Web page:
How much rinse solvent is required really does depend on the type of sample which has previously been analysed.  Obviously, very sticky or viscous samples will require a longer capillary rinse.  Our general rule of thumb is that a standard rinse should use at least twice the capillary volume in water, and for a very sticky sample, up  10 – 15X capillary volume in water should be applied.  The maximum volume of one of our larger vials, which would hold the rinse solution (water) is 4 mL, so this should give an indication of the absolute upper limit for rinsing.

Vials can be heated and cooled in the autosampler, between 16°C and 30°C.

Is it possible to make sizing and viscosity measurements simultaneously?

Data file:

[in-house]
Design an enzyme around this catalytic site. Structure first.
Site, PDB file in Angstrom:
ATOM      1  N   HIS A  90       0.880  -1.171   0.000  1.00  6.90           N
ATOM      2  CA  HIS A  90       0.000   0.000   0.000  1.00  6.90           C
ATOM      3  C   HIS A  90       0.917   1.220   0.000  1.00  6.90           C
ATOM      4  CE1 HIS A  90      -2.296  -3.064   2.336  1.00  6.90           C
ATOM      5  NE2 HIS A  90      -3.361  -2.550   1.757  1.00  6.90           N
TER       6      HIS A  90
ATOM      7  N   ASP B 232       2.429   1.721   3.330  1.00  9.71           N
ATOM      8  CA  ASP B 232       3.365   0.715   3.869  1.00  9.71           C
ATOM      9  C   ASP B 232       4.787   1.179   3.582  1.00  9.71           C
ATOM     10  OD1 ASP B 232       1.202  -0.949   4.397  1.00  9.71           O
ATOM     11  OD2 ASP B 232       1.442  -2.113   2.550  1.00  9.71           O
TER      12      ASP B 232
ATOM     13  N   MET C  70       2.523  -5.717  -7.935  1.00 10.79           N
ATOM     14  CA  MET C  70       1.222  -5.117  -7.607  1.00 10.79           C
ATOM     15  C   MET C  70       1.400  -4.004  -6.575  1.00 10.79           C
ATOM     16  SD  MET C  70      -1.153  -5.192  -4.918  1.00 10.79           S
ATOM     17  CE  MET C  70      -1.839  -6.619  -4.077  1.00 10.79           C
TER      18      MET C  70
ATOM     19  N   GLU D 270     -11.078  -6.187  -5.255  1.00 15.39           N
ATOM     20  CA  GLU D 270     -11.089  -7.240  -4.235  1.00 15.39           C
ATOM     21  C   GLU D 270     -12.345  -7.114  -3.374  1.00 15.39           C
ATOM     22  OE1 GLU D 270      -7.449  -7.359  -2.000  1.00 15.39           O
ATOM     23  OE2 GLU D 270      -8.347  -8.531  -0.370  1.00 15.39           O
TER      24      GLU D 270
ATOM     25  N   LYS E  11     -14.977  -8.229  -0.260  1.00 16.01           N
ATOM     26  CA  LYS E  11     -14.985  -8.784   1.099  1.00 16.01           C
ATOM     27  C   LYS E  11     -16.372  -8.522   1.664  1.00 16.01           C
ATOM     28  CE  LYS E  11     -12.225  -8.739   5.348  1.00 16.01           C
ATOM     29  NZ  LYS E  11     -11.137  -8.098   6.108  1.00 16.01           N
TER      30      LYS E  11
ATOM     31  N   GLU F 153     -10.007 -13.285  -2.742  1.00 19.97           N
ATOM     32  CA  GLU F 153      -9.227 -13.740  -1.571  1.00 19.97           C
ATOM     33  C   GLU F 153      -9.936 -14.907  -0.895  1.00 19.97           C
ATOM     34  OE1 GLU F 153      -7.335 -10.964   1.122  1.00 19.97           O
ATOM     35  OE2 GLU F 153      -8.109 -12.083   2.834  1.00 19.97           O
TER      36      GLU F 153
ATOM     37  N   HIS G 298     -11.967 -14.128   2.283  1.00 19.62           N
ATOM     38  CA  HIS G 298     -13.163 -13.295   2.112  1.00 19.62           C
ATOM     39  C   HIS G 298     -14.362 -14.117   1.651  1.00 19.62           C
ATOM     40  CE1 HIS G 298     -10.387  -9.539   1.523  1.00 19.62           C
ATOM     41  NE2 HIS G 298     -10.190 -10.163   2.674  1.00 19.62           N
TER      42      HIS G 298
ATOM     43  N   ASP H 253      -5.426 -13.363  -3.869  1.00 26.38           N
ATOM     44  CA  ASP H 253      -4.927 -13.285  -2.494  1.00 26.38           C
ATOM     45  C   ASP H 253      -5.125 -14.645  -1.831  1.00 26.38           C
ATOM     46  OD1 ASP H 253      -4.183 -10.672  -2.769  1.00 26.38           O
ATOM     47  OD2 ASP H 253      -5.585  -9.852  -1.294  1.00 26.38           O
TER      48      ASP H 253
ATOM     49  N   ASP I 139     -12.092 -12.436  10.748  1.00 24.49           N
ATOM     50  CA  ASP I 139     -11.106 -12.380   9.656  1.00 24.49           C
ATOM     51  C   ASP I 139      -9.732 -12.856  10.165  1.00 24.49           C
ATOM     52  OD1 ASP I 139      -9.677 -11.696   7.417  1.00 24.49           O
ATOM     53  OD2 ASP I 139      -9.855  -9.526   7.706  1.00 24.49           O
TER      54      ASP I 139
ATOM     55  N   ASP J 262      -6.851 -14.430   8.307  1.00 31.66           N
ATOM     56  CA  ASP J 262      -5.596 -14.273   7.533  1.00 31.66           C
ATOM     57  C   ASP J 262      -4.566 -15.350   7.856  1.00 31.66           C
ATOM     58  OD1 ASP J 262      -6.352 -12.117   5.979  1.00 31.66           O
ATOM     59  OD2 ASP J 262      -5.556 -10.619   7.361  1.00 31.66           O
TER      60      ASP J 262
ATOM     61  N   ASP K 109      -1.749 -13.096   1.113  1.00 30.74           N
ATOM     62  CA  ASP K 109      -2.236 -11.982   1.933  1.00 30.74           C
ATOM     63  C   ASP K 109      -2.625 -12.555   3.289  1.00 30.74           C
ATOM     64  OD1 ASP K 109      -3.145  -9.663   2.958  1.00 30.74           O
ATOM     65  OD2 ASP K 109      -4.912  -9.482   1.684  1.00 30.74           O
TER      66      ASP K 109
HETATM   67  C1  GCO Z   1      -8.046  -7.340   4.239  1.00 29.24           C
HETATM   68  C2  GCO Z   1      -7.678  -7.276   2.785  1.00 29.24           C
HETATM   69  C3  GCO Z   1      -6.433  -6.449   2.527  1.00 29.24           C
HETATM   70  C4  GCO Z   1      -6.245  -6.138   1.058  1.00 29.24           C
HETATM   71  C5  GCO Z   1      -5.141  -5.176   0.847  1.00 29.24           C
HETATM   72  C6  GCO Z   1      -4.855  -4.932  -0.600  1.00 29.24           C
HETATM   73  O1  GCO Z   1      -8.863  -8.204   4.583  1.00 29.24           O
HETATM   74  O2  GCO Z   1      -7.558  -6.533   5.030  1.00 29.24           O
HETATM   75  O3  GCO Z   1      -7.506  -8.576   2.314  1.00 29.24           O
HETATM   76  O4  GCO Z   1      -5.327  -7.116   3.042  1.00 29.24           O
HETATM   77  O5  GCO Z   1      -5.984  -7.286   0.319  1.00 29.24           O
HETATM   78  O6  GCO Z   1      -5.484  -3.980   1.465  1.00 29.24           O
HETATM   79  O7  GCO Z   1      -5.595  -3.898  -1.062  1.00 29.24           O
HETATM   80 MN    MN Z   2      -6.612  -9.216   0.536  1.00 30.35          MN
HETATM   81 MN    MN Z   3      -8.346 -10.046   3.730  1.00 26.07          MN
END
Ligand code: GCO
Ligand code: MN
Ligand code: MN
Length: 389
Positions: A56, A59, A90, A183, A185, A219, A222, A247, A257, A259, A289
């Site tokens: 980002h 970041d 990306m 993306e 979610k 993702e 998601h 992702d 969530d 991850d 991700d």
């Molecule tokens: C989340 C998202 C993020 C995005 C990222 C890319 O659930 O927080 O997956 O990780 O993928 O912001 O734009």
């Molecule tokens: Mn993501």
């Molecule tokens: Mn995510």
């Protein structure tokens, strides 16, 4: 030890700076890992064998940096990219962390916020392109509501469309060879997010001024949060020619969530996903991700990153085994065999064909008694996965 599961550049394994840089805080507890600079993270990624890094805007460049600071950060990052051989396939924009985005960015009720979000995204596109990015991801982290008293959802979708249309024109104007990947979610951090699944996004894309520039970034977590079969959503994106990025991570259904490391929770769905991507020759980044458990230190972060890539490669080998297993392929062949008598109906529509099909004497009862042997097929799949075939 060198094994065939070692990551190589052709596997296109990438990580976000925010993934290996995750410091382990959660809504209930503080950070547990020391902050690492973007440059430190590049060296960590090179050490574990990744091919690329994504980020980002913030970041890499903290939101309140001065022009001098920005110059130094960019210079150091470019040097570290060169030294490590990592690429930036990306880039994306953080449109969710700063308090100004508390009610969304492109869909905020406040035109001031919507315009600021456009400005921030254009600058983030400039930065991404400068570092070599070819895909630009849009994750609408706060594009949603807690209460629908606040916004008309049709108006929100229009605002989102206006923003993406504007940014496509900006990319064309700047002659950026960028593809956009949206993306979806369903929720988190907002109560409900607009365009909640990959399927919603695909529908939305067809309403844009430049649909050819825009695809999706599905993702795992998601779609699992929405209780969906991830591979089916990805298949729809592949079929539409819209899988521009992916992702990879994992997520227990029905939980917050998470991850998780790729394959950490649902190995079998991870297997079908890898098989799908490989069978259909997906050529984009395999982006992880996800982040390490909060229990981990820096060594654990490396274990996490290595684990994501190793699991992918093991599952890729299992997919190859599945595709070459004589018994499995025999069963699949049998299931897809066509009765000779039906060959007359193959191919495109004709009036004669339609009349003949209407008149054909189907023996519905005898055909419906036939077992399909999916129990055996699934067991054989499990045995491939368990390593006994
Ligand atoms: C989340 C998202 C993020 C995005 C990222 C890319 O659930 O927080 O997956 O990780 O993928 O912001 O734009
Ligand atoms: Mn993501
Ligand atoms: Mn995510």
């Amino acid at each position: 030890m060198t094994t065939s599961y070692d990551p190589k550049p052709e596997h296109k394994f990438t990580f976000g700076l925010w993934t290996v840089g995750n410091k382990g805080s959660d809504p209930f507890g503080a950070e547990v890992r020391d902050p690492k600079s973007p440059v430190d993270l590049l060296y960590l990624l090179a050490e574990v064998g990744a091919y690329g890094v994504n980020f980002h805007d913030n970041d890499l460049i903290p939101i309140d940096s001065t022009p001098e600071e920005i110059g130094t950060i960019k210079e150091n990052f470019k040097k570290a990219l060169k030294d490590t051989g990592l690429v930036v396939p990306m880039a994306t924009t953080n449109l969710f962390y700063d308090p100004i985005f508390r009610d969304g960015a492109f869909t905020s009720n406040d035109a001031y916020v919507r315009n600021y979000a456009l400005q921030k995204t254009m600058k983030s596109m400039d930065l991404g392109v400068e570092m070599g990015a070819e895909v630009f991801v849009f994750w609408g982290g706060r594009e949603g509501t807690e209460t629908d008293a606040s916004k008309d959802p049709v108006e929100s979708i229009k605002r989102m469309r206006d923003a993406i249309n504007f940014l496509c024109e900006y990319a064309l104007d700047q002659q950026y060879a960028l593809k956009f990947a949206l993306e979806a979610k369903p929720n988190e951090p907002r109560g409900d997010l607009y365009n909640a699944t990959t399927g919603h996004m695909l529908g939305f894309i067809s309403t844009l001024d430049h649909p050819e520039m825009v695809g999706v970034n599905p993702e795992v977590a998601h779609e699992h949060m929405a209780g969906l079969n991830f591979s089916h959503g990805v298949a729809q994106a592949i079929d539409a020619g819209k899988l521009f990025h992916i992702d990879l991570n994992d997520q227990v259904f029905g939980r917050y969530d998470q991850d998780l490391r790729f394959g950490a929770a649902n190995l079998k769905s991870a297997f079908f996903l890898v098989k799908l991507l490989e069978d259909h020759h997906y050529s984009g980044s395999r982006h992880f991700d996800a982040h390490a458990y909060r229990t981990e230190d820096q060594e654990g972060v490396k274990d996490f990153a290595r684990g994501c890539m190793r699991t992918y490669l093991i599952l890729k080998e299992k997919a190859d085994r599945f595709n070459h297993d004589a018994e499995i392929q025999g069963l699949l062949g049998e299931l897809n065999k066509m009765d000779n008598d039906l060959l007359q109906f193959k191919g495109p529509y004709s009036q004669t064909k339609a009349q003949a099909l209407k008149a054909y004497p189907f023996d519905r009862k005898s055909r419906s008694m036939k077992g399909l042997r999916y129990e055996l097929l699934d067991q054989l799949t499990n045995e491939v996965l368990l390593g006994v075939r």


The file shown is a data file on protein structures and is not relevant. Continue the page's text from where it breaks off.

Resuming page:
No, this is not currently possible – each meaurement, whether it’s a sizing or a viscosity measurement needs to be performed on a separate injection of sample.  It is obviously possibly to program measurements of both types into a run schedule, so one can be run in an automated fashion one after another.

­Has Malvern introduced automated software for viscosity analysis? ­­ Early this year, we had it installed and it was a little tedious using the manual software­

Yes, we now have fully automated Malvern software for both size and viscosity analyses.    This software controls the entire process of the analysis, from introduction of samples, to scheduling a run and batch analysis, through to data analysis and report generation.  The software will even define the length of the viscosity measurement, so that the correct volume of sample is analyzed, and no sample is wasted.